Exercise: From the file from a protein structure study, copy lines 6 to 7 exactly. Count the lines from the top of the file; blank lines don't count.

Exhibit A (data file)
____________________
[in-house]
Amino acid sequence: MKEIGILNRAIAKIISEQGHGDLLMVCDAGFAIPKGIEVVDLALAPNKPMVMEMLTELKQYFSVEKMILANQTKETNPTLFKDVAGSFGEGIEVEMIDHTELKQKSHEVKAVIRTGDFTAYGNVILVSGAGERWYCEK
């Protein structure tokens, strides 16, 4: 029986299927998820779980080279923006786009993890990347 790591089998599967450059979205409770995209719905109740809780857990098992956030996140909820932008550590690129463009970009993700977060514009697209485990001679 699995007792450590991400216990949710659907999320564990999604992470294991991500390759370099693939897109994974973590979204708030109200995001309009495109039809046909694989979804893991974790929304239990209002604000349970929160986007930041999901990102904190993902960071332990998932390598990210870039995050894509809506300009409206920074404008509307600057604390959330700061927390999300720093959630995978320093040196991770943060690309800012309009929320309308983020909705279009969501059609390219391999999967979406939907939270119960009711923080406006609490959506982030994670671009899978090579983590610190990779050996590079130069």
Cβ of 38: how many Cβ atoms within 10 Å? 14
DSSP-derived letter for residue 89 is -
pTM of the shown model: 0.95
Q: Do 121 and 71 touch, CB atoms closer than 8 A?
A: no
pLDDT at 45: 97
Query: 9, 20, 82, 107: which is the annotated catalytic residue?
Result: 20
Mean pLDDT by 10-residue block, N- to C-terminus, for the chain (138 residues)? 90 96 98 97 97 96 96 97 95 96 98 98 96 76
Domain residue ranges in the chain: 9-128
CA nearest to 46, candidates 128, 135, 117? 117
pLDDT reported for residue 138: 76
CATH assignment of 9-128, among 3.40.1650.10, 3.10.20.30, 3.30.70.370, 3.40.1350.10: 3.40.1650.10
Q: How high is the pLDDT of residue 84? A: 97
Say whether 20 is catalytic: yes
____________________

pTM of the shown model: 0.95
Q: Do 121 and 71 touch, CB atoms closer than 8 A?